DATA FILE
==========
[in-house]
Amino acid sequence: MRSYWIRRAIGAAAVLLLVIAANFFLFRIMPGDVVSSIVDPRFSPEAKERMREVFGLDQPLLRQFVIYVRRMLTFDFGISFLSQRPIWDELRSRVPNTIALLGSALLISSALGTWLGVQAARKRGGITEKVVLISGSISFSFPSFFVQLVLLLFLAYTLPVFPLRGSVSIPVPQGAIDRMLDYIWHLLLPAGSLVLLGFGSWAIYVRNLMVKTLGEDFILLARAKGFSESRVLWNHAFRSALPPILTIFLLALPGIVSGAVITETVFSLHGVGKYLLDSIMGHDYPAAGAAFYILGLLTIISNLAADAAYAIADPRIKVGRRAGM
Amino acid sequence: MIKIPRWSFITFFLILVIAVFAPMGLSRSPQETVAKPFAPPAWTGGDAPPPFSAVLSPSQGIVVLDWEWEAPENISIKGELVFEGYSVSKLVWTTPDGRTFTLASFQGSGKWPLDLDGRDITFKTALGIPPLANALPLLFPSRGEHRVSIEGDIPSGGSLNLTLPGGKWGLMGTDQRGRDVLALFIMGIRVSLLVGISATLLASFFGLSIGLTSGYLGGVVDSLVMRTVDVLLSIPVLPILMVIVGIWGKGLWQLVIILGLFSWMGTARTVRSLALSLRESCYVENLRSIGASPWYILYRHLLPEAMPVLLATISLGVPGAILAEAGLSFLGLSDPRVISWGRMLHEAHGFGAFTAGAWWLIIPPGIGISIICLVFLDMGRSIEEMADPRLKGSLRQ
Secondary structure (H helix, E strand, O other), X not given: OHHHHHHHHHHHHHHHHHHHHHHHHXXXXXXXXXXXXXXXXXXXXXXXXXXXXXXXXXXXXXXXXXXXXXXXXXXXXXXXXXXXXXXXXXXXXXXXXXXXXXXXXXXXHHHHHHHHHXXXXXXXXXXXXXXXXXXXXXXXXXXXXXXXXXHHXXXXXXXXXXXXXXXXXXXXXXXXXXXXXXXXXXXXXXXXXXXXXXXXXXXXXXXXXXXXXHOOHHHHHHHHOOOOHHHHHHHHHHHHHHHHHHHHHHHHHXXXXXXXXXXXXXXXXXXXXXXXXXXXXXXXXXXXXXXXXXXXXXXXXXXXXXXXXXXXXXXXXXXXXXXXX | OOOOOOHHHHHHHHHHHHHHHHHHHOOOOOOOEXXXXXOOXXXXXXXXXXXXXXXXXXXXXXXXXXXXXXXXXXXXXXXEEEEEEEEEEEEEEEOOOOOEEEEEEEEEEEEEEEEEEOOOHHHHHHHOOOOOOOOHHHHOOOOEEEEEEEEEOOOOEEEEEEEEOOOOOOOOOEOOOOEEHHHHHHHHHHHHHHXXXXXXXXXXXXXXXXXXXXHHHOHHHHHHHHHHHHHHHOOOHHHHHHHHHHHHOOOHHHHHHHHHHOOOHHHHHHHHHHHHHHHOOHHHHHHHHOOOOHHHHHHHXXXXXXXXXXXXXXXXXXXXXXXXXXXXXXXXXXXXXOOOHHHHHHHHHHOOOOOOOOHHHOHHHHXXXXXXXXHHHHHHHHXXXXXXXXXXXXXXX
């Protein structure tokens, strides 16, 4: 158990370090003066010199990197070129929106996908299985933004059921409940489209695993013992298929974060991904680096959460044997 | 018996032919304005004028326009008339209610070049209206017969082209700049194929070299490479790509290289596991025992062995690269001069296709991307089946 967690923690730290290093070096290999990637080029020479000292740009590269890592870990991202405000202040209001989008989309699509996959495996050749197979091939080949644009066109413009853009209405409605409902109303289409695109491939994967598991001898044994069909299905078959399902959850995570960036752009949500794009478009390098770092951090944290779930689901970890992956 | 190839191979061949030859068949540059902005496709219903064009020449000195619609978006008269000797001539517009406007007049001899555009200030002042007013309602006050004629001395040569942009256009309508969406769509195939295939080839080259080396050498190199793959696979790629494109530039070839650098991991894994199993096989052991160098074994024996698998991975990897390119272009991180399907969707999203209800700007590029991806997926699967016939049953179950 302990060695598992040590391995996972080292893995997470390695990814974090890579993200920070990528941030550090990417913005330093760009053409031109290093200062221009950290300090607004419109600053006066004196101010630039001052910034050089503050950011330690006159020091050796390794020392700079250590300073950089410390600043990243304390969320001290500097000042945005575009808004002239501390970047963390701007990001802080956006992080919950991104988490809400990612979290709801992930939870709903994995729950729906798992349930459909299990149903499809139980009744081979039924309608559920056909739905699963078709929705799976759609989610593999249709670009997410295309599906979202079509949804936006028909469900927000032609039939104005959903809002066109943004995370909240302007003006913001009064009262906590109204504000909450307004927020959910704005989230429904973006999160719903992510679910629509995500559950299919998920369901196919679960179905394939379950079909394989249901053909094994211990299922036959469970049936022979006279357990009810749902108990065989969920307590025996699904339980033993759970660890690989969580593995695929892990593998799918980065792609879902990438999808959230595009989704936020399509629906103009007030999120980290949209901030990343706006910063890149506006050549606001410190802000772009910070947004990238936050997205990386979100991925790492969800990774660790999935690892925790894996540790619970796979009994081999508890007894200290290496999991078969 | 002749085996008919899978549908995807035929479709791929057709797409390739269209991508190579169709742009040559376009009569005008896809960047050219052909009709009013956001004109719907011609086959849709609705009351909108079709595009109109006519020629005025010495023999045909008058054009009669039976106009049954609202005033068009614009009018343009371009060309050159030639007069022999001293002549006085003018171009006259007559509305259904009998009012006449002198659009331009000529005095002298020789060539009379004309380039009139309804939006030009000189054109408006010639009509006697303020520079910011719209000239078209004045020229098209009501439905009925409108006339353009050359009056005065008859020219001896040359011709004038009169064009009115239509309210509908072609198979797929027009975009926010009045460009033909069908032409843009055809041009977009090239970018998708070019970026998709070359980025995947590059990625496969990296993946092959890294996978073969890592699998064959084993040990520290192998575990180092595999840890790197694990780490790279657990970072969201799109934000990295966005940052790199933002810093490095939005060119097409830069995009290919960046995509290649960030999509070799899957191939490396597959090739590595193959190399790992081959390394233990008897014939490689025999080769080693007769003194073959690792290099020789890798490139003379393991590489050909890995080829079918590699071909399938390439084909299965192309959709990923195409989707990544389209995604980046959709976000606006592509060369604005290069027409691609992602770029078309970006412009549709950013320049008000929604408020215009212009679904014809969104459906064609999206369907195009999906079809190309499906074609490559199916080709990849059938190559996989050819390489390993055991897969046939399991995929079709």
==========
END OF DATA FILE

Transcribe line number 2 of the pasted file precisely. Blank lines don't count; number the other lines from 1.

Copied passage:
Amino acid sequence: MRSYWIRRAIGAAAVLLLVIAANFFLFRIMPGDVVSSIVDPRFSPEAKERMREVFGLDQPLLRQFVIYVRRMLTFDFGISFLSQRPIWDELRSRVPNTIALLGSALLISSALGTWLGVQAARKRGGITEKVVLISGSISFSFPSFFVQLVLLLFLAYTLPVFPLRGSVSIPVPQGAIDRMLDYIWHLLLPAGSLVLLGFGSWAIYVRNLMVKTLGEDFILLARAKGFSESRVLWNHAFRSALPPILTIFLLALPGIVSGAVITETVFSLHGVGKYLLDSIMGHDYPAAGAAFYILGLLTIISNLAADAAYAIADPRIKVGRRAGM